A threat of a new wave of immigrants to EU if famine not averted

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At least 4.4 billion dollars is needed by the end of March to avert a hunger “catastrophe” in Nigeria, Somalia, South Sudan and Yemen, UN Secretary General Antonio Guterres said. But according to U.N. data, only 10 percent of the necessary funds have been received so far.

Stephen O’Brien, the U.N. humanitarian chief, during the meeting with U.N. Security Council called the situation in Somalia and South Sudan “the largest humanitarian crisis since the creation of the United Nations”.

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Famine has already been declared in two counties of South Sudan and 1 million people there are on the brink of dying from a lack of food, U.N. officials have said. Somalia has declared a state of emergency over drought and 2.9 million people of its people face a food crisis that could become famine, according to U.N.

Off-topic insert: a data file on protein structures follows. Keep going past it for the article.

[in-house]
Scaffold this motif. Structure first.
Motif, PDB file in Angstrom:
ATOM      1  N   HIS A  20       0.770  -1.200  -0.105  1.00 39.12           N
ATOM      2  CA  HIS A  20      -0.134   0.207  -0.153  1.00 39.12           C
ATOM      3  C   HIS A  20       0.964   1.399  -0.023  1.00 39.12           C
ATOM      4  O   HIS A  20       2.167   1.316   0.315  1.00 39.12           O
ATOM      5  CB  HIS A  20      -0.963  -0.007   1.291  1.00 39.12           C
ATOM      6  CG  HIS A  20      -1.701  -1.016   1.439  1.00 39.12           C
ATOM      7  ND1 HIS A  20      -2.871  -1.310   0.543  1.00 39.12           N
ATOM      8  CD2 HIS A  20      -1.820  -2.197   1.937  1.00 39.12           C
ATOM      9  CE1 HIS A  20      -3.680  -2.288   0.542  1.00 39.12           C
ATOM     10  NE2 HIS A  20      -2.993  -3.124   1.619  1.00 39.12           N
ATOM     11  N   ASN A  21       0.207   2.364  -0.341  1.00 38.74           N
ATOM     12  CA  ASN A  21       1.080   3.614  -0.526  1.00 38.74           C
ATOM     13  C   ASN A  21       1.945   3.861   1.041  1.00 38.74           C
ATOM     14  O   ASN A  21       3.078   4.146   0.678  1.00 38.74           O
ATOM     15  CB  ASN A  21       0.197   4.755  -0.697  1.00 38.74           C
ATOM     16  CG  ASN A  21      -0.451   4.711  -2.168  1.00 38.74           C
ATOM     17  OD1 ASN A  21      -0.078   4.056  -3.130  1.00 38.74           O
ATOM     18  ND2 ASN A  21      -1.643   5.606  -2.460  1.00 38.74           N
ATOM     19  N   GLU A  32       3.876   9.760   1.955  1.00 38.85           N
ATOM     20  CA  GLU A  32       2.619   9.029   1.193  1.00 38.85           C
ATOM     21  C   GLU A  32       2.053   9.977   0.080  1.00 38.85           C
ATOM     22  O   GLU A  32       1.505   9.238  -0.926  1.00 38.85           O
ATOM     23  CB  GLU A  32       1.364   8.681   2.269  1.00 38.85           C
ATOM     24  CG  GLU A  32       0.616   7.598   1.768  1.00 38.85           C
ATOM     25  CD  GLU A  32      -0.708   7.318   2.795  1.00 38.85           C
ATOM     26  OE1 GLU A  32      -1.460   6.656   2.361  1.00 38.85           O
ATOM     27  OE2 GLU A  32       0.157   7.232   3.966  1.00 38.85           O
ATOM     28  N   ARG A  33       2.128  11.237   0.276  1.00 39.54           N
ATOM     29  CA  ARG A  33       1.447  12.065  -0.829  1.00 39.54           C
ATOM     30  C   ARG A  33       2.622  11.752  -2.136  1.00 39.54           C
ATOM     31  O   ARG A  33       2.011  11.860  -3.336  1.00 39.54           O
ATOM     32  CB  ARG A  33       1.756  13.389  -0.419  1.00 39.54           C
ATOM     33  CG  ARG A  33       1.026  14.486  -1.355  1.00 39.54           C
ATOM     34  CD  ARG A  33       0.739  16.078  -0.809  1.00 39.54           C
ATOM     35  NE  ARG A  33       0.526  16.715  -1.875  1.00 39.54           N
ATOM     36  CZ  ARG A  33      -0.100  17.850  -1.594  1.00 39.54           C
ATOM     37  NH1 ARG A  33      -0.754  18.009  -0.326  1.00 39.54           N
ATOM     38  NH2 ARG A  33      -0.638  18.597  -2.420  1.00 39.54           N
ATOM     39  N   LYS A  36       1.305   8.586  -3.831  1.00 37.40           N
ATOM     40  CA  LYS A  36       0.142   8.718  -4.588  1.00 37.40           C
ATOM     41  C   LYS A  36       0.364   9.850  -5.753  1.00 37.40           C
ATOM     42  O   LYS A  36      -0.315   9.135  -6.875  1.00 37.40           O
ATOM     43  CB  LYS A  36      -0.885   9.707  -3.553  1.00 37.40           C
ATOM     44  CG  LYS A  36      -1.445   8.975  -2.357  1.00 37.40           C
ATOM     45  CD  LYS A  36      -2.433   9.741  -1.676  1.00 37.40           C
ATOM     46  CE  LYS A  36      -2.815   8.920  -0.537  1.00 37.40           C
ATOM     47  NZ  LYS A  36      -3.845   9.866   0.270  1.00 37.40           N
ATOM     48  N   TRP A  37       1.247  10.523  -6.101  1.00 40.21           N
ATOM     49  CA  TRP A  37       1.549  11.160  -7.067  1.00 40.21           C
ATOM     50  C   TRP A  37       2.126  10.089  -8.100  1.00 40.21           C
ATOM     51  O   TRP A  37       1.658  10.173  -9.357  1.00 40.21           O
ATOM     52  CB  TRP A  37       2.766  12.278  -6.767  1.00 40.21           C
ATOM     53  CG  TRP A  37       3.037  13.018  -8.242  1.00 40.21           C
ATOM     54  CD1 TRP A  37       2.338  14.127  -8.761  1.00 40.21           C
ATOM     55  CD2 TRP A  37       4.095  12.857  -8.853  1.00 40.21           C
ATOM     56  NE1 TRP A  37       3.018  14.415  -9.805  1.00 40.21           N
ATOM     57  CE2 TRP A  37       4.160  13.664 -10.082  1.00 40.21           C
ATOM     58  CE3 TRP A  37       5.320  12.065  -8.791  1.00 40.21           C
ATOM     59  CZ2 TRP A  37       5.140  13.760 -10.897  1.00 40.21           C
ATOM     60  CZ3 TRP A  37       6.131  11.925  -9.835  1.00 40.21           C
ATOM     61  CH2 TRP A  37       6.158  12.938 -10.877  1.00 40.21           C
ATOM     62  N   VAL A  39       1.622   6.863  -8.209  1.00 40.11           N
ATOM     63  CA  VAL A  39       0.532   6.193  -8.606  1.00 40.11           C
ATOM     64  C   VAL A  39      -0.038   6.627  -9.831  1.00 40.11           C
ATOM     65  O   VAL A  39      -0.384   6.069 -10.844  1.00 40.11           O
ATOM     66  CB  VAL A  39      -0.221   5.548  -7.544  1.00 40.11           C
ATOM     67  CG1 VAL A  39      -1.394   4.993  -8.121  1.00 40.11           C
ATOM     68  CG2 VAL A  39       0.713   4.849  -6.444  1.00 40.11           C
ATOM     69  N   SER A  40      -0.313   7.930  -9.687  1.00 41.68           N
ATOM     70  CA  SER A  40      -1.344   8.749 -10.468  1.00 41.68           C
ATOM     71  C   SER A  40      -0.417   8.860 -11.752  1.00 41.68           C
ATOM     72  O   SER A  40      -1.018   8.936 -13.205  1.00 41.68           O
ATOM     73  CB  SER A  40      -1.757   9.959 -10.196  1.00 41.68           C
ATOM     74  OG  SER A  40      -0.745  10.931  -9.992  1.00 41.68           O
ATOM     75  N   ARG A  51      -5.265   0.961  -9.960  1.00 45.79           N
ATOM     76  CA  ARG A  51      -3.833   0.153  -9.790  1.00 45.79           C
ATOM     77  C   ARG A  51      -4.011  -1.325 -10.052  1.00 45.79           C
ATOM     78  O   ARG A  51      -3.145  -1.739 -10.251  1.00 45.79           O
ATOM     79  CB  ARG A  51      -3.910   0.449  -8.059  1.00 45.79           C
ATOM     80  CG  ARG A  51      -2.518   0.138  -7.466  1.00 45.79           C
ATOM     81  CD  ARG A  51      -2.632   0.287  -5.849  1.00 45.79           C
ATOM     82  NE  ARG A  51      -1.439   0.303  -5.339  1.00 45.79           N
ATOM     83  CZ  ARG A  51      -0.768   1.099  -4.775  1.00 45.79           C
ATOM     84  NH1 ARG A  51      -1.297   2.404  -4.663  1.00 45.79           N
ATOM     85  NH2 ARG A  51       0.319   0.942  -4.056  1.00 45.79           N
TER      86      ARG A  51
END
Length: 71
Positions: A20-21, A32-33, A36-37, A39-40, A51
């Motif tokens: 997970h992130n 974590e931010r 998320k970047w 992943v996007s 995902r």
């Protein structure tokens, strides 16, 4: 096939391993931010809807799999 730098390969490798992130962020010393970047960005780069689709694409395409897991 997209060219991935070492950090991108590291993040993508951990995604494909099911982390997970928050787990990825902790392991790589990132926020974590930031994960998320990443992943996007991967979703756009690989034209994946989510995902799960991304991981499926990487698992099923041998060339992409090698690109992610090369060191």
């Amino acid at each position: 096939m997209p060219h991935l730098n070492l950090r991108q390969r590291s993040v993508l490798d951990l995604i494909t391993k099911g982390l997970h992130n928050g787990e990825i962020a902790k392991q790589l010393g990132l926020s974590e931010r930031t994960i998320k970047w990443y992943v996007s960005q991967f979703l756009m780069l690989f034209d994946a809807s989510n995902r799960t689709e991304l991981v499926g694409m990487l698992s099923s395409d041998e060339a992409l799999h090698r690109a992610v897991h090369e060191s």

The conflict-based hunger crises in Nigeria, Somalia and South Sudan have culminated in a trio of potential famines hitting almost simultaneously. Nearly 16 million people in the three countries are at risk of dying within months.

The neighboring African countries will feel the immediate consequences of famine, experts said. The U.N. refugee said Uganda was at a “breaking point” after more than 570,000 South Sudanese had arrived since July.

Others fleeing hunger could try to immigrate to Europe.

“We are going to see pressure on neighboring countries, in some cases people joining traditional routes both from the Sahel into Europe, or south into various destinations in Africa”, Joseph Siegle, director of research at the Africa Center for Strategic Studies told the Associated Press.

Amid this tragedy US President Donald Trump proposed foreign aid cuts that will substantially weaken the humanitarian assistance programs coordinated by U.N. World Food Program.

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